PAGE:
The Roman Empire: Army Life
The Romans appreciated the problems of disease in an army and thus every fort had its own bathhouse and latrine for the use of all the soldiers in residence, while larger forts also contained a hospital. Medical staff included doctors, medical orderlies, bandagers and ointment-makers. Diet was carefully considered too. While wheat formed the staple part of the diet, the food included several different types of meat, fish and shell-fish, vegetables, fruit and nuts. New wine was the common drink.
Analysis of the sewage found beside the latrine at Bearsden demonstrates that the soldiers there ate wheat (both emmer and spelt), which was presumably made into bread or gruel. Fragments of barley resemble the pearl barley used nowadays in broth. Coriander, dill, celery, linseed and opium poppy were used not only in cooking but also medicinally. Fruit eaten included figs, raspberries, blackberries, bilberries and strawberries; hazelnuts also appeared on the menu.
Many of these items could have been obtained locally; but others such as opium poppies and figs are not native to Britain and must have been imported from the continent. Analysis of the food debris indicates that the soldiers had a mainly vegetarian diet. They also suffered from worms! Other items used by the Roman soldiers were brought from far afield, including armour and weapons (produced in the army's own factories), tools and clothing, pottery and cooking equipment. Surviving military documents indicate that soldiers might travel several hundred miles to procure supplies. Other products could have been obtained locally. These include wood for building, bracken and heather for bedding, marsh hay for fodder, and wood and peat for fuel. The Roman army also required large quantities of leather for making into tents, shoes, bags, shields, shieldcovers and saddles: hides would certainly have been obtainable locally.
It is possible that the presence of the Roman army, with its major demands for food and goods, encouraged local agriculture, but there is little evidence for this in Scotland. There is evidence, however, for a growth in the size and number of native farms during the Roman period, and this may be related not only to the peace, or Pax Romana, imposed by the Roman army but also to the army's supply needs.
Regulations governed the payment for goods supplied to the army, but there is also plenty of evidence from other frontier areas of the empire for extortion and corruption by soldiers. There can be little doubt that the situation would have been similar in Britain.
The fort was the unit's base and home. Through many months of the year, however, soldiers would be out on patrol, escorting supplies, serving on guard duty in the provincial headquarters in London and later in York, and perhaps even fighting. Some were outposted for several years to fortlets, while others manned watch-towers and signal-stations. Within the province the army served as the empire's police force, maintaining law and order in the frontier area. The regimental commanding officers served as local judges, acting rather as the British Empire's district officers were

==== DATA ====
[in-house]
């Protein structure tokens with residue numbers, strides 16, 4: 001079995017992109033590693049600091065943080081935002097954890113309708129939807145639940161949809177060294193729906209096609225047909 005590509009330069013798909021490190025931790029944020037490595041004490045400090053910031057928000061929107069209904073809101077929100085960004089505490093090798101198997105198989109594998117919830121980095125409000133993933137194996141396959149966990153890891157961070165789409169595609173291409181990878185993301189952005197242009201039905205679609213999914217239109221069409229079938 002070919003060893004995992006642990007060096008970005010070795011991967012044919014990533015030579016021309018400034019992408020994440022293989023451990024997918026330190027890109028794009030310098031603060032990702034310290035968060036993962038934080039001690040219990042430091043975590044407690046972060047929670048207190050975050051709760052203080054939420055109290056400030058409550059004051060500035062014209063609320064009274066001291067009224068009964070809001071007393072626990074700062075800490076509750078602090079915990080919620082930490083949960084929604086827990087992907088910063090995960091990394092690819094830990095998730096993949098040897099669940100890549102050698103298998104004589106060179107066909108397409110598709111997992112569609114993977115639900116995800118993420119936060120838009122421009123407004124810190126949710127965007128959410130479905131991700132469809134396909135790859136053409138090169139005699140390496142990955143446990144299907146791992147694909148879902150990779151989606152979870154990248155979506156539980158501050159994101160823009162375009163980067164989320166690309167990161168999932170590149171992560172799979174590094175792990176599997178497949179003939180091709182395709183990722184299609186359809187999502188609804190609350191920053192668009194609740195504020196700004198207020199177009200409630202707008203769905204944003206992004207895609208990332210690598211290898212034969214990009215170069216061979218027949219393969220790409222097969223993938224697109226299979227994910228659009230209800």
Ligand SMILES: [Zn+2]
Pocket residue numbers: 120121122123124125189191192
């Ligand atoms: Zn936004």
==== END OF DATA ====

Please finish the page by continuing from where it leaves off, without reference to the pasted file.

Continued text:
later to do.
Training was another important part of military life, and in the 3rd century the abandoned hill-fort on Burnswark was apparently used for training soldiers in the use of catapults and similar engines of war. When on campaign soldiers protected themselves by constructing a camp. Within this, their tents (of leather) were arranged in rows according to strict regulations. Marching camps would usually be occupied for no more than about three days, for in that time the soldiers are likely to have contaminated the water supply and eaten all the food in the area.
Soldiers involved in building projects, such as the construction of the Antonine Wall or permanent forts, also lived in camps. The Roman army preferred to fight a set-piece battle, as it was specially trained for this type of warfare, and was usually successful. Mons Graupius was such a battle, though tactically speaking it was a relatively simple affair. On most other occasions the Caledonians seem to have adopted guerrilla tactics, a sensible, though ultimately unsuccessful, method of fighting the highly disciplined Roman army. The tribes south of the Tay do not appear to have caused the Romans any trouble. In fact, Tacitus took more space writing about the appalling weather of the year 79 than he did about the conquest of Agricola's opponents. The Caledonians and their successors, the Picts, were always the main enemy of Rome.
Information and images in these pages are extracts from the HMSO publication 'Invaders of Scotland' by Anna Ritchie and David J Breeze. This fascinating volume contains many more images and drawings and continues the invaders theme with sections on the Vikings and Angles. Well worth the price. To buy this book try at Amazon.com for ISBN 011494136X